Indiana’s legislative leaders are expressing concerns about the increasing number of out of state students at the state’s universities, which could affect state funding to those institutions.
Of Purdue’s undergraduate students, 44 percent are non-Indiana residents, and at IU-Bloomington, 43 percent of the current freshman class comprises out-of-state and international students.
This high number of out-of-state students could affect funding to such institutions, as legislators have expressed disappointment in these high numbers.
Although these two schools have high numbers of out-of-state students, IU-Kokomo chancellor Susan Sciame-Giesecke says the mission of those two schools are more on research, where regional campuses like hers almost exclusively serve Indiana residents.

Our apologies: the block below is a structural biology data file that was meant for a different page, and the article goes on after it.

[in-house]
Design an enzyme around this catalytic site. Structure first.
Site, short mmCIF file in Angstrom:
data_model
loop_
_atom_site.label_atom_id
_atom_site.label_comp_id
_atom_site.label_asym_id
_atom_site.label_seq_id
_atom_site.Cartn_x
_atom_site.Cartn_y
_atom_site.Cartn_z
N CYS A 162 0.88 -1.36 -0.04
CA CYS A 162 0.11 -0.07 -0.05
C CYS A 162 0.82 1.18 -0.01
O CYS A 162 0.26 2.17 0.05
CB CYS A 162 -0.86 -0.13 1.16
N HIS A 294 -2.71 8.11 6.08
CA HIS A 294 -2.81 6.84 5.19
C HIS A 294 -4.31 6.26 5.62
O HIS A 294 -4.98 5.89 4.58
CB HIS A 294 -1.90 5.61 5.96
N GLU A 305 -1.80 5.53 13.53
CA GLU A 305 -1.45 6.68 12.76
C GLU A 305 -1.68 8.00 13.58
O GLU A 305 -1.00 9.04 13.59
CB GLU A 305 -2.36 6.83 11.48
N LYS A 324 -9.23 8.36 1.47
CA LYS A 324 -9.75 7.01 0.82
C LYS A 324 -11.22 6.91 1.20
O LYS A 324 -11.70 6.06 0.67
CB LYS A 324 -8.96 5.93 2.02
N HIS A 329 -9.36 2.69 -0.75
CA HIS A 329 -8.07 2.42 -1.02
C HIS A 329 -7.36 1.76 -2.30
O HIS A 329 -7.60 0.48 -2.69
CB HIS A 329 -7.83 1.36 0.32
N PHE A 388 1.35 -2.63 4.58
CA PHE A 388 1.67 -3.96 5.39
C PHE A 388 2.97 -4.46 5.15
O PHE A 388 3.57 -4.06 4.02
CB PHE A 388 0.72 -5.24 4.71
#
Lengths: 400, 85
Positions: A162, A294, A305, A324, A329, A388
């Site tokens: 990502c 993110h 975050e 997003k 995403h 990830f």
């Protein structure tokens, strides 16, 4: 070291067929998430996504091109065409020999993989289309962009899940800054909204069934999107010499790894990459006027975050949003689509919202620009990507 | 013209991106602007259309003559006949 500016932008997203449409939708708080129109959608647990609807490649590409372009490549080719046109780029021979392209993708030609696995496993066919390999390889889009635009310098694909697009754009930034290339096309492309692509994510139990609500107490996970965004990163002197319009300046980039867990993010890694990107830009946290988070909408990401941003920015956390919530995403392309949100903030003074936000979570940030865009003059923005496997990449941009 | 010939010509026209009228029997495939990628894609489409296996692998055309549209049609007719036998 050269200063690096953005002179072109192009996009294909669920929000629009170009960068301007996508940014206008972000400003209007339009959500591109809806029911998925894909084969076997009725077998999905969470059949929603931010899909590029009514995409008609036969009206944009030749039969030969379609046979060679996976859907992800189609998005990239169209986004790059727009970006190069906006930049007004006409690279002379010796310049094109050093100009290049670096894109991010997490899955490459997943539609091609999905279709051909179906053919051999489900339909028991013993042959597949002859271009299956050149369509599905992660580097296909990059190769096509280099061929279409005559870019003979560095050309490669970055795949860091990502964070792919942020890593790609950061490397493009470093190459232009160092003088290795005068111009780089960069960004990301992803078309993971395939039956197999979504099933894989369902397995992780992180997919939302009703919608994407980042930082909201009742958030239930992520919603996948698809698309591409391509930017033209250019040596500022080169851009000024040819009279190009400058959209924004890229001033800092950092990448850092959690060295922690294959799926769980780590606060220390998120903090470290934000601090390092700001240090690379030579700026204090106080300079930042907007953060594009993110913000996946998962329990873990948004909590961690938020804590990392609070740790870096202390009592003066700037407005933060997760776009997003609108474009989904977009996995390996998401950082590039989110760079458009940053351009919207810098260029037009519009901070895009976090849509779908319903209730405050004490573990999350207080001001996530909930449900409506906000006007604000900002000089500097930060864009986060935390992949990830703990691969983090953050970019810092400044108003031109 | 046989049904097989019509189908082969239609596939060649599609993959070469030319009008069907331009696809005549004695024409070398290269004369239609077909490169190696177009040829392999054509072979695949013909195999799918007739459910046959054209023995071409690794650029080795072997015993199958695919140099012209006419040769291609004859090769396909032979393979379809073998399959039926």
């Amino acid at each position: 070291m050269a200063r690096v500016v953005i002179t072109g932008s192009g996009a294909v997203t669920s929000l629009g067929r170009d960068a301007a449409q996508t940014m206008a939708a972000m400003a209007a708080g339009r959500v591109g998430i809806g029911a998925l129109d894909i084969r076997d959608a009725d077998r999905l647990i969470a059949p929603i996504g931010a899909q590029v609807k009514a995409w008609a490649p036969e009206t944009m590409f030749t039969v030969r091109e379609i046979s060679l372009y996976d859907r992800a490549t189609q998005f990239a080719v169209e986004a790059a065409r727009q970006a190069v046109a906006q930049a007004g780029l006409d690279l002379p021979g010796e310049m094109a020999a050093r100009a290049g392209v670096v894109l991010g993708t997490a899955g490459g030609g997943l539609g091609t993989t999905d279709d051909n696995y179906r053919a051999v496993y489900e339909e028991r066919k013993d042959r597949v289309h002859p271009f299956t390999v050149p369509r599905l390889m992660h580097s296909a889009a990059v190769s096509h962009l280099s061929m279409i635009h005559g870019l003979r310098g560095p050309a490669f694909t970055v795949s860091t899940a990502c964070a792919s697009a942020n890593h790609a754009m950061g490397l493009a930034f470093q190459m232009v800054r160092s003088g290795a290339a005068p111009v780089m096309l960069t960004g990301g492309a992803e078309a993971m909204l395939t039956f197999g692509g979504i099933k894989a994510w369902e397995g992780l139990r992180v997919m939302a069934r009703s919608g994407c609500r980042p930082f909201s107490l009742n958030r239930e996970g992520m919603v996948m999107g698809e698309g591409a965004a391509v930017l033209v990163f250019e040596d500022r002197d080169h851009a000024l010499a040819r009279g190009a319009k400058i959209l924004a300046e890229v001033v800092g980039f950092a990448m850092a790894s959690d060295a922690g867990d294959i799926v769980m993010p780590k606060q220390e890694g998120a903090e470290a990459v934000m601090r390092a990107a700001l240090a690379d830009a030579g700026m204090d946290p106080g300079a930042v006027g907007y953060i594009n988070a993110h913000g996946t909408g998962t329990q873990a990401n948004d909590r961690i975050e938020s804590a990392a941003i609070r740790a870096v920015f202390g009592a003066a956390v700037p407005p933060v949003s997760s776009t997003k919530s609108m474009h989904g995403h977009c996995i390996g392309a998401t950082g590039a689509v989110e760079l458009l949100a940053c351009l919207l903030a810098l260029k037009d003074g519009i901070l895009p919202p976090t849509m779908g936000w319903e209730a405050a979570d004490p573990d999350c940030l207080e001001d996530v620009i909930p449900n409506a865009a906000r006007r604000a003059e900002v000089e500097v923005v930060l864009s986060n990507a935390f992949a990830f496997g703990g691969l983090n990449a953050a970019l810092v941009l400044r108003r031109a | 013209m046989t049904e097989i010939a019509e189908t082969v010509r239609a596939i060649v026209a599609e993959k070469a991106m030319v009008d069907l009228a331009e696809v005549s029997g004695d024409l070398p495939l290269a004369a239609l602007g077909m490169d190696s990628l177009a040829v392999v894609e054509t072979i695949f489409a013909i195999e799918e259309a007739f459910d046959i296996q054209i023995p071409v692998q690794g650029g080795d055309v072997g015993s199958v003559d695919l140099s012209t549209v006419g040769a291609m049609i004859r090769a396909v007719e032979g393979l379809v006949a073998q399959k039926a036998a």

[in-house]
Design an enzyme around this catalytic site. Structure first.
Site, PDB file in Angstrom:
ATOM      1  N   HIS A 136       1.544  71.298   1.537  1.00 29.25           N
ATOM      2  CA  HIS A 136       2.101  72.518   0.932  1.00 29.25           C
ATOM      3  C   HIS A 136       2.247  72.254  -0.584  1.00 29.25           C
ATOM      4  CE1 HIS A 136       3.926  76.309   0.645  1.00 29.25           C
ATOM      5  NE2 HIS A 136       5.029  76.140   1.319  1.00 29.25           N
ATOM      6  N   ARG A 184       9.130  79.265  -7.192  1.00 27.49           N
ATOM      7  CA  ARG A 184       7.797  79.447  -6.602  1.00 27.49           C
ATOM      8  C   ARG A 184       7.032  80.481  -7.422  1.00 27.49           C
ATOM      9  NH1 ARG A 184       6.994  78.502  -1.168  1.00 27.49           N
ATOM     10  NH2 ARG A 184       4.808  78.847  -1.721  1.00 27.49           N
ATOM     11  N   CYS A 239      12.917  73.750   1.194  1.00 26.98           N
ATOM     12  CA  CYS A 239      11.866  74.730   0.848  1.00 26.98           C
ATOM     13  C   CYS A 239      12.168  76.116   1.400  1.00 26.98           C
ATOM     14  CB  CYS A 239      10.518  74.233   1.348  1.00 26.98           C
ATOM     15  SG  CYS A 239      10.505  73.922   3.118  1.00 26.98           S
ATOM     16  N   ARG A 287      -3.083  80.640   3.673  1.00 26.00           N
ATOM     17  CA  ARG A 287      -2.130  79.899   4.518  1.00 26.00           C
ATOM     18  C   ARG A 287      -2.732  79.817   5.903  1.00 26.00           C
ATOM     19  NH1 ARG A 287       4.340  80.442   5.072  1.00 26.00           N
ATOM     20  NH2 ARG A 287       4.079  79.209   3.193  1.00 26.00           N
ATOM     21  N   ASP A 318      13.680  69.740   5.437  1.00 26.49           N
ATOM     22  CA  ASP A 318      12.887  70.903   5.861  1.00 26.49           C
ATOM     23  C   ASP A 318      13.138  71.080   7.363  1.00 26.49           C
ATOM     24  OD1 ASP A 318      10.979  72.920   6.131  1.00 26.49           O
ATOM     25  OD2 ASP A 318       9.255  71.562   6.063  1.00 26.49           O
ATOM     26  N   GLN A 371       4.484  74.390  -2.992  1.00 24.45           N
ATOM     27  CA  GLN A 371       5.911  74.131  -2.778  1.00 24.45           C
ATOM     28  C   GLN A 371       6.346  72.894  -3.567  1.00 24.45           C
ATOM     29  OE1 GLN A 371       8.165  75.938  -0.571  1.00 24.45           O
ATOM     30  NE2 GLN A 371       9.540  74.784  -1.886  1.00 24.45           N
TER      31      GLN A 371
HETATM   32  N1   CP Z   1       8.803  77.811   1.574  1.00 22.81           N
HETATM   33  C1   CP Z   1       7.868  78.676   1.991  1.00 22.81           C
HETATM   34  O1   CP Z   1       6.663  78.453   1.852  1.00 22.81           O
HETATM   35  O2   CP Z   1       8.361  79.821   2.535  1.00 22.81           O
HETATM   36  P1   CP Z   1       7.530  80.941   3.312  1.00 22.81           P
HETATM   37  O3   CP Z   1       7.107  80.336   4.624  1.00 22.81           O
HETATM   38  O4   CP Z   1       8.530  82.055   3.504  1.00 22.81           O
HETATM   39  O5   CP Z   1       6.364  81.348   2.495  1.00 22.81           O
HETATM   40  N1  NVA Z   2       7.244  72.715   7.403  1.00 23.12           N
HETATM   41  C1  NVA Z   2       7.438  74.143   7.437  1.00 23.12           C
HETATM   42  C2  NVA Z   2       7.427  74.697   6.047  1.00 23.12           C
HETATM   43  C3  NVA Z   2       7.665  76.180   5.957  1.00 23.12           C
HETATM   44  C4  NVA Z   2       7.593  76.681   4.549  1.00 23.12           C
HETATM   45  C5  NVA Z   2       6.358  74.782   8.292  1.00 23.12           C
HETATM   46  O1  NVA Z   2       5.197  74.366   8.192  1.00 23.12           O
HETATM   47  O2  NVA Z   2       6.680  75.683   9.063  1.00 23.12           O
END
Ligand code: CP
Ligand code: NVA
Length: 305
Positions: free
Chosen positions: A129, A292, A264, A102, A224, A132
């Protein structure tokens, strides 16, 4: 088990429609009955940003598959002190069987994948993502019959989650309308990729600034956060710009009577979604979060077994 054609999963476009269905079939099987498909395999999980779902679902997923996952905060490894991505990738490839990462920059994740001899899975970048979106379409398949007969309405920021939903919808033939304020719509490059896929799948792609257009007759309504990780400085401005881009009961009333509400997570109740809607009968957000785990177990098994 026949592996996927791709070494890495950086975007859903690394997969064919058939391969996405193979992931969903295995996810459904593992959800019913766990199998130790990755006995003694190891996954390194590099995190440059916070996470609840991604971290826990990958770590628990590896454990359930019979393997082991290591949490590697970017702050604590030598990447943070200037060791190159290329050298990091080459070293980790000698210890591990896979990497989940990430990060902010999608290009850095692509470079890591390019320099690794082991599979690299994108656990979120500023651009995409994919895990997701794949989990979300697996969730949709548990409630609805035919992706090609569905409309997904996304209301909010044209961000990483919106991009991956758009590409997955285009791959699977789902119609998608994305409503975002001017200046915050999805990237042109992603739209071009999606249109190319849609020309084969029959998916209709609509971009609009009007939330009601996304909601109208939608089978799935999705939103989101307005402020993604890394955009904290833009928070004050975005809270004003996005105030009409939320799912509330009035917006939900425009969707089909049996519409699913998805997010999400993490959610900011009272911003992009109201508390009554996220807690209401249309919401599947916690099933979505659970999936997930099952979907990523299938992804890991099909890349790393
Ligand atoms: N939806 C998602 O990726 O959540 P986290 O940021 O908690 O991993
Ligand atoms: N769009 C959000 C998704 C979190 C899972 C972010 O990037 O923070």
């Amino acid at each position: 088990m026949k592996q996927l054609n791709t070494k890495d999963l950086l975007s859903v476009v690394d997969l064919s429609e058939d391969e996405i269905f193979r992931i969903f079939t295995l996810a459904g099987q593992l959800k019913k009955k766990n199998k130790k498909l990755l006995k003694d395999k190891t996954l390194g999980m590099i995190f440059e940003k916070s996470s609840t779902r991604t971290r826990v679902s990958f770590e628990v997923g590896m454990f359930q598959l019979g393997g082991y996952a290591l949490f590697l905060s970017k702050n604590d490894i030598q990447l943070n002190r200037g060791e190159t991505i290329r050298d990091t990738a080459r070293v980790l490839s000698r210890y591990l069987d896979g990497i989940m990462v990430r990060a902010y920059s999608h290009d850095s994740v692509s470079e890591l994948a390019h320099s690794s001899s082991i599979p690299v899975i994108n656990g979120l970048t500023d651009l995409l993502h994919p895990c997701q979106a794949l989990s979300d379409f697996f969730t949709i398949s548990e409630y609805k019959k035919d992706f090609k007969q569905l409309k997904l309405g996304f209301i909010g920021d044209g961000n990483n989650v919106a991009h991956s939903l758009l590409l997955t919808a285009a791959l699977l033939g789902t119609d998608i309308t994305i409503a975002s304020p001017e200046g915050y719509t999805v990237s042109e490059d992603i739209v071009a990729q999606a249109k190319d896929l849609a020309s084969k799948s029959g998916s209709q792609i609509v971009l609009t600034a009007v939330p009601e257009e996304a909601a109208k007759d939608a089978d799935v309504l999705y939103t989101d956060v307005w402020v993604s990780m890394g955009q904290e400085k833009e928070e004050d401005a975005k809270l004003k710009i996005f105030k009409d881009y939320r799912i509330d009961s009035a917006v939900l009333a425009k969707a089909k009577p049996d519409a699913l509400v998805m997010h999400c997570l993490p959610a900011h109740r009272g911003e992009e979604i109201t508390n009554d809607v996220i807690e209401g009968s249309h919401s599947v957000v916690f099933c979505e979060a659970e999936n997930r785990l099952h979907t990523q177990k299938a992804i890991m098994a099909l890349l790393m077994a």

Almost 99 percent of IU-Kokomo’s students are Indiana residents and 80 percent will stay in the Kokomo region after graduating. Sciame-Giesecke says programs like nursing are heavily dictated by the needs of the Kokomo community.
“This particular region is dictating the kinds of needs they have in healthcare as Obamacare comes into play,” Sciame-Giesecke said. “There’s going to be a need for nurses and nurse practitioners and doctors and we want to fulfill that mission here in this region.”
Forty-four percent of IU-Kokomo’s budget comes from state funding.